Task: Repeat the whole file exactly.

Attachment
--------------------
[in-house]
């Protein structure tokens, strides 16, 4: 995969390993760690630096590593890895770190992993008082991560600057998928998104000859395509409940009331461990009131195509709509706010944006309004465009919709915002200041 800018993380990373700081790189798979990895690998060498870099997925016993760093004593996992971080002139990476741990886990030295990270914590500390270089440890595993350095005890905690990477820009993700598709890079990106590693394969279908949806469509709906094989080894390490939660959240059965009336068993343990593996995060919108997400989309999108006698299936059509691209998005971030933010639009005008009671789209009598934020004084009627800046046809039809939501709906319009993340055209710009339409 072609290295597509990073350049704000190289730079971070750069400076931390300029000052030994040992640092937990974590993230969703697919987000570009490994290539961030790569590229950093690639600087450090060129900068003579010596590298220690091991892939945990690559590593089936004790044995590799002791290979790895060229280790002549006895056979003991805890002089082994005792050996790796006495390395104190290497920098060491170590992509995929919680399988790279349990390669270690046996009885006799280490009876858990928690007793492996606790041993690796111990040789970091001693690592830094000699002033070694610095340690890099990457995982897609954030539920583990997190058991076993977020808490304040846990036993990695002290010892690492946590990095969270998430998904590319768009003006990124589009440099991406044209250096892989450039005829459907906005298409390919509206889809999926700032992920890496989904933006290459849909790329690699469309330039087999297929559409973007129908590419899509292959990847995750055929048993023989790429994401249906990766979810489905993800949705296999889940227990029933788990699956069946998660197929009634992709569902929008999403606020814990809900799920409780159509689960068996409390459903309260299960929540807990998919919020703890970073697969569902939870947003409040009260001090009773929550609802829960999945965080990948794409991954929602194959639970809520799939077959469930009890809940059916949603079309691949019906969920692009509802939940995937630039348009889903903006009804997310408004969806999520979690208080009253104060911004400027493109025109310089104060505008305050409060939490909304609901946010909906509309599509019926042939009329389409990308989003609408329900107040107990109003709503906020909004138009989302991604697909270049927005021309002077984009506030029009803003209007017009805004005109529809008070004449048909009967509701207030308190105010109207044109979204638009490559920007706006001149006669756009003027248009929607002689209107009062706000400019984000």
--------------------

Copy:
[in-house]
């Protein structure tokens, strides 16, 4: 995969390993760690630096590593890895770190992993008082991560600057998928998104000859395509409940009331461990009131195509709509706010944006309004465009919709915002200041 800018993380990373700081790189798979990895690998060498870099997925016993760093004593996992971080002139990476741990886990030295990270914590500390270089440890595993350095005890905690990477820009993700598709890079990106590693394969279908949806469509709906094989080894390490939660959240059965009336068993343990593996995060919108997400989309999108006698299936059509691209998005971030933010639009005008009671789209009598934020004084009627800046046809039809939501709906319009993340055209710009339409 072609290295597509990073350049704000190289730079971070750069400076931390300029000052030994040992640092937990974590993230969703697919987000570009490994290539961030790569590229950093690639600087450090060129900068003579010596590298220690091991892939945990690559590593089936004790044995590799002791290979790895060229280790002549006895056979003991805890002089082994005792050996790796006495390395104190290497920098060491170590992509995929919680399988790279349990390669270690046996009885006799280490009876858990928690007793492996606790041993690796111990040789970091001693690592830094000699002033070694610095340690890099990457995982897609954030539920583990997190058991076993977020808490304040846990036993990695002290010892690492946590990095969270998430998904590319768009003006990124589009440099991406044209250096892989450039005829459907906005298409390919509206889809999926700032992920890496989904933006290459849909790329690699469309330039087999297929559409973007129908590419899509292959990847995750055929048993023989790429994401249906990766979810489905993800949705296999889940227990029933788990699956069946998660197929009634992709569902929008999403606020814990809900799920409780159509689960068996409390459903309260299960929540807990998919919020703890970073697969569902939870947003409040009260001090009773929550609802829960999945965080990948794409991954929602194959639970809520799939077959469930009890809940059916949603079309691949019906969920692009509802939940995937630039348009889903903006009804997310408004969806999520979690208080009253104060911004400027493109025109310089104060505008305050409060939490909304609901946010909906509309599509019926042939009329389409990308989003609408329900107040107990109003709503906020909004138009989302991604697909270049927005021309002077984009506030029009803003209007017009805004005109529809008070004449048909009967509701207030308190105010109207044109979204638009490559920007706006001149006669756009003027248009929607002689209107009062706000400019984000």